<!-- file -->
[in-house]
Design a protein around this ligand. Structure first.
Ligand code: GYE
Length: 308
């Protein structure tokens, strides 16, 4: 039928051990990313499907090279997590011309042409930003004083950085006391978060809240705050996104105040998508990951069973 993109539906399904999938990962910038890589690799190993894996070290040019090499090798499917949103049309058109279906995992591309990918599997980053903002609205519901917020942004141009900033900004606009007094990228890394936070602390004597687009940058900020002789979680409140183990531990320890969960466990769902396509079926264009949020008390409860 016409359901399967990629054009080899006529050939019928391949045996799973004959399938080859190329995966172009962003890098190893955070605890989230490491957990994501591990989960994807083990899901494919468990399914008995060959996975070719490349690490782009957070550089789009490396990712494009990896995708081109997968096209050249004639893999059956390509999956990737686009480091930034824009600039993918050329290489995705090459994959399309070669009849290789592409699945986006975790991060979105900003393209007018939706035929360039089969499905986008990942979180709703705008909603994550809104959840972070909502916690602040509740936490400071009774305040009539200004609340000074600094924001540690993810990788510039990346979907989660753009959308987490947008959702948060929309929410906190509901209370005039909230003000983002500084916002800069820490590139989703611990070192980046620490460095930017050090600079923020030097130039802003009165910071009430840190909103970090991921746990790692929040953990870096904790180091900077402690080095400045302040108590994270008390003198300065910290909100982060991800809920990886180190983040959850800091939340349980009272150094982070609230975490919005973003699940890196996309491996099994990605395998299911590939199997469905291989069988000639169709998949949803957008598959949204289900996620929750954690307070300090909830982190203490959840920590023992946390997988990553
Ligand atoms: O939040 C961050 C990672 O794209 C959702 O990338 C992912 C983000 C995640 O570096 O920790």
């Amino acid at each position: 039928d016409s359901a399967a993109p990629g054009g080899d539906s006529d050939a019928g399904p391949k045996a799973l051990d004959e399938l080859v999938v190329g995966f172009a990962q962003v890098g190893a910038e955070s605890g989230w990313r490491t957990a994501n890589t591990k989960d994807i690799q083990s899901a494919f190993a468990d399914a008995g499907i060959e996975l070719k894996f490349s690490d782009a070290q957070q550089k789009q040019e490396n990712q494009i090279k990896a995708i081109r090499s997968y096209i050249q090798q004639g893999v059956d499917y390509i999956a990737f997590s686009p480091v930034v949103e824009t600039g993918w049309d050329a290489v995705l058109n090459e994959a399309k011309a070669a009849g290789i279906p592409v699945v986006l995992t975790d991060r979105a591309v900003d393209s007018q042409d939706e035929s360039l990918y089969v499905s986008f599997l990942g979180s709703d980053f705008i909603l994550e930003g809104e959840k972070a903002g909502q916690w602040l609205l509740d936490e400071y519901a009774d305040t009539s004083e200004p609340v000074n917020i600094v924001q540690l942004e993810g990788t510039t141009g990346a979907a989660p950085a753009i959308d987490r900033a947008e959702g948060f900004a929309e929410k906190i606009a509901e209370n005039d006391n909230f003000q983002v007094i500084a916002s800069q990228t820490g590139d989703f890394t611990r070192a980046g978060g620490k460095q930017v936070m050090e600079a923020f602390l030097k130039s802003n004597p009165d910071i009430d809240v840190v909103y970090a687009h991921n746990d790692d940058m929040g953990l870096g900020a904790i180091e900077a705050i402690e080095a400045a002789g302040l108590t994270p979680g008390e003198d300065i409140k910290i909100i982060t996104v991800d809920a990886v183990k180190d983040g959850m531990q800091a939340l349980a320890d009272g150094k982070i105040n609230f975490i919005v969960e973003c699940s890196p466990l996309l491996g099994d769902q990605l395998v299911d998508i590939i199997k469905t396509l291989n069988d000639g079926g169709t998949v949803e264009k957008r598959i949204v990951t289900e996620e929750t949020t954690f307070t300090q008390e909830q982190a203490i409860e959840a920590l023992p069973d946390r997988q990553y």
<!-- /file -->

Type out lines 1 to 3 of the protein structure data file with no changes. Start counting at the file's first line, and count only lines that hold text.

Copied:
[in-house]
Design a protein around this ligand. Structure first.
Ligand code: GYE